Taxes are one of the biggest headaches for retirees. Figuring out the taxes you'll pay on your income during retirement is complex. Your income can be taxable, partially taxable or tax-free.
If you make withdrawals from your retirement plan, this income can become taxable if funded by you or your employer from pretax dollars.
By contrast, Roth earnings can be withdrawn tax-free.
Most pensions are taxable. Some exceptions to this rule are military and disability pensions.
Investment income from nonretirement accounts is taxable as well.
The amount of tax you pay will depend on your earnings, whether from interest, capital gains or dividends from tax-deferred accounts.
Also, capital gains that fall in the zero percent tax rate won't be taxable, if your income is below a certain limit.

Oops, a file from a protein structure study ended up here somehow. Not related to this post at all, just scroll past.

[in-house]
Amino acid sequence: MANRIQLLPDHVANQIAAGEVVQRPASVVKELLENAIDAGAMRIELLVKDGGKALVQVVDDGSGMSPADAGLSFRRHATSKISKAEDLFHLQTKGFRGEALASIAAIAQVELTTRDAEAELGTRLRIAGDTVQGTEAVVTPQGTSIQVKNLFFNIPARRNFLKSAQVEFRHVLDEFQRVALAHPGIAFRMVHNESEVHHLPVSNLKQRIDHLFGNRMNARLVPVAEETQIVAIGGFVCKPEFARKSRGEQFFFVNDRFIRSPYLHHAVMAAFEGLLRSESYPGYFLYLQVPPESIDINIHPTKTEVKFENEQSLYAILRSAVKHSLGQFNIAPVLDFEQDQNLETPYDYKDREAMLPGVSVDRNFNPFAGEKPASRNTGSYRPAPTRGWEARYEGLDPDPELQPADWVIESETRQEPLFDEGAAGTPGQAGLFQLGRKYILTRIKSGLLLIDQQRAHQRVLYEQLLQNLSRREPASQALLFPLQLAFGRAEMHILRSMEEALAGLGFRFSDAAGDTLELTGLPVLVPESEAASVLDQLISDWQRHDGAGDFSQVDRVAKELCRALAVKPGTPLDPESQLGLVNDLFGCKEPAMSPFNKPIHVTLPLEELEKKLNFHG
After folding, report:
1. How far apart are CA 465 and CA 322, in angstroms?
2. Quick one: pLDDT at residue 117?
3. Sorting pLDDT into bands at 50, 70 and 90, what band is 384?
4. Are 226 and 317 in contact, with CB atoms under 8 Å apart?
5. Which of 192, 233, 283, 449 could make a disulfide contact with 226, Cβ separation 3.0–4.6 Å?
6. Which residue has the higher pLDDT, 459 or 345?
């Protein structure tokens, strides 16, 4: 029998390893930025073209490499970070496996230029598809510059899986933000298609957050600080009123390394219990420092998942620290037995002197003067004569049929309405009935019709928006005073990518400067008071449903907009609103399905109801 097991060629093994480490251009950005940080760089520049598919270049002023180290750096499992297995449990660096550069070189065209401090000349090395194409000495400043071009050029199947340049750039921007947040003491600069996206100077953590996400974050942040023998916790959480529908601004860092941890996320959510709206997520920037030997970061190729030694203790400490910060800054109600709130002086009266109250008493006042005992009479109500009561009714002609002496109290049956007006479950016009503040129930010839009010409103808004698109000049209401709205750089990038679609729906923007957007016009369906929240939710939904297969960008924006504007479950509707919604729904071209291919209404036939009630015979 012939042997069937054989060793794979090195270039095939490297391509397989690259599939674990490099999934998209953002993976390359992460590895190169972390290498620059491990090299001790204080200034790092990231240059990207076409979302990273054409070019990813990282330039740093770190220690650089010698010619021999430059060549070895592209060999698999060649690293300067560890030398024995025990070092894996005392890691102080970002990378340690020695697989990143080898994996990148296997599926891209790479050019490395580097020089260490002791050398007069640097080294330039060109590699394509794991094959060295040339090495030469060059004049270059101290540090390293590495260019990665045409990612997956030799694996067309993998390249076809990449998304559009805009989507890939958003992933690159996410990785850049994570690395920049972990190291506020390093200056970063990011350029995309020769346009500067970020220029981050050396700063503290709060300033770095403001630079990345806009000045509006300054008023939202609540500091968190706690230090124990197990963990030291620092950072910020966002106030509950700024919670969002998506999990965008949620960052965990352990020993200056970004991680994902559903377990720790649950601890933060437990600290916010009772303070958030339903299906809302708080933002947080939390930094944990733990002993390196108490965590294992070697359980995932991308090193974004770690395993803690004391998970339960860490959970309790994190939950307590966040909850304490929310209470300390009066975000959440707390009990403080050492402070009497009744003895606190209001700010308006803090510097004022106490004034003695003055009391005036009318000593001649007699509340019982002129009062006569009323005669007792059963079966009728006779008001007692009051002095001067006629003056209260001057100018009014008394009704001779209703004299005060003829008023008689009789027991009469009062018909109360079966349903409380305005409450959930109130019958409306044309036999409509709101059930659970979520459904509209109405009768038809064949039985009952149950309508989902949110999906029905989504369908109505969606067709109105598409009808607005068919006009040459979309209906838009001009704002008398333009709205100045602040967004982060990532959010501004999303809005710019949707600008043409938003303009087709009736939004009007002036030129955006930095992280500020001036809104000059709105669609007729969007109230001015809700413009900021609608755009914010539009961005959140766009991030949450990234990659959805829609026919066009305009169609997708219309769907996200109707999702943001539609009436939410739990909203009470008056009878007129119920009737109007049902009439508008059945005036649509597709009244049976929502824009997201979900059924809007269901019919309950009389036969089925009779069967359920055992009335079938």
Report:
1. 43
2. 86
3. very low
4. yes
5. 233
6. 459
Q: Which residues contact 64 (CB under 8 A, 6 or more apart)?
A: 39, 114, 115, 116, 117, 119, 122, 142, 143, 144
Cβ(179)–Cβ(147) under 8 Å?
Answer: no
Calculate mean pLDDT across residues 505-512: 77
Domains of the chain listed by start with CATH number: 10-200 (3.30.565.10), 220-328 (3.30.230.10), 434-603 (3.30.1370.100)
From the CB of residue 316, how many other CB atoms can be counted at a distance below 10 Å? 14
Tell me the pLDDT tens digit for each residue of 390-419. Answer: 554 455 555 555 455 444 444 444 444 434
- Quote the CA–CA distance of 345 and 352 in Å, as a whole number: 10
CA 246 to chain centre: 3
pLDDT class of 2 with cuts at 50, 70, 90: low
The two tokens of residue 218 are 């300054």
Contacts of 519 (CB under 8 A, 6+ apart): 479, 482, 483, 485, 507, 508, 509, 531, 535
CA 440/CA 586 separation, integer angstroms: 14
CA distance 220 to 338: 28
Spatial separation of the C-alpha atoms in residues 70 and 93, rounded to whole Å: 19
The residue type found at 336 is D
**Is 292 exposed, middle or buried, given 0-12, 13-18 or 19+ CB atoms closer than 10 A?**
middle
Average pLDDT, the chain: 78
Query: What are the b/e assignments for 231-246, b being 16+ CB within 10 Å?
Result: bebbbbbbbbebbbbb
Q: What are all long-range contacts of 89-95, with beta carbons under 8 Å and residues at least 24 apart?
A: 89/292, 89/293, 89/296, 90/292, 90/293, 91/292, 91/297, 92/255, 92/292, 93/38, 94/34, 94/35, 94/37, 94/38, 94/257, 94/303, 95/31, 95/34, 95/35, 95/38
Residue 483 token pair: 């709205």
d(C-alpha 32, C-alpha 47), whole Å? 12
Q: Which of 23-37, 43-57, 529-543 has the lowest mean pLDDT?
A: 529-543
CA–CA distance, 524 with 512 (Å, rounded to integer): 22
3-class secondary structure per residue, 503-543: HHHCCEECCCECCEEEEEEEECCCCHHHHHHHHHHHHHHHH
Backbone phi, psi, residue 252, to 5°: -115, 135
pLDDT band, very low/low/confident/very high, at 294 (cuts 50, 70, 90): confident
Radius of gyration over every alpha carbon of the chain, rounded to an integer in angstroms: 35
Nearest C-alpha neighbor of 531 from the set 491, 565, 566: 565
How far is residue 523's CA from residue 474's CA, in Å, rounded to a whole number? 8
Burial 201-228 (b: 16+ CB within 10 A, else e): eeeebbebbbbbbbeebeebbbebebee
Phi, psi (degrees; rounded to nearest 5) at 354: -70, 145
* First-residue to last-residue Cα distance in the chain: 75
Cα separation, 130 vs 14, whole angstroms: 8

Some withdrawals from your annuities are taxable.
According to the IRS, you must first withdraw any gain from your annuity. This withdrawal is taxable as income.
After you withdraw your annuity gains, you'll be withdrawing from your principal and cost basis. Basis withdrawals aren't taxable.
Fifteen-percent of your social security earnings is tax-free.
The tax rate on your remaining social security income will depend on your tax bracket.
If your total income for the year falls under a certain threshold, your income may be tax-free.
Other income that may be taxable in part is nondeductible IRA withdrawals and earnings from cashing in a cash value life insurance policy.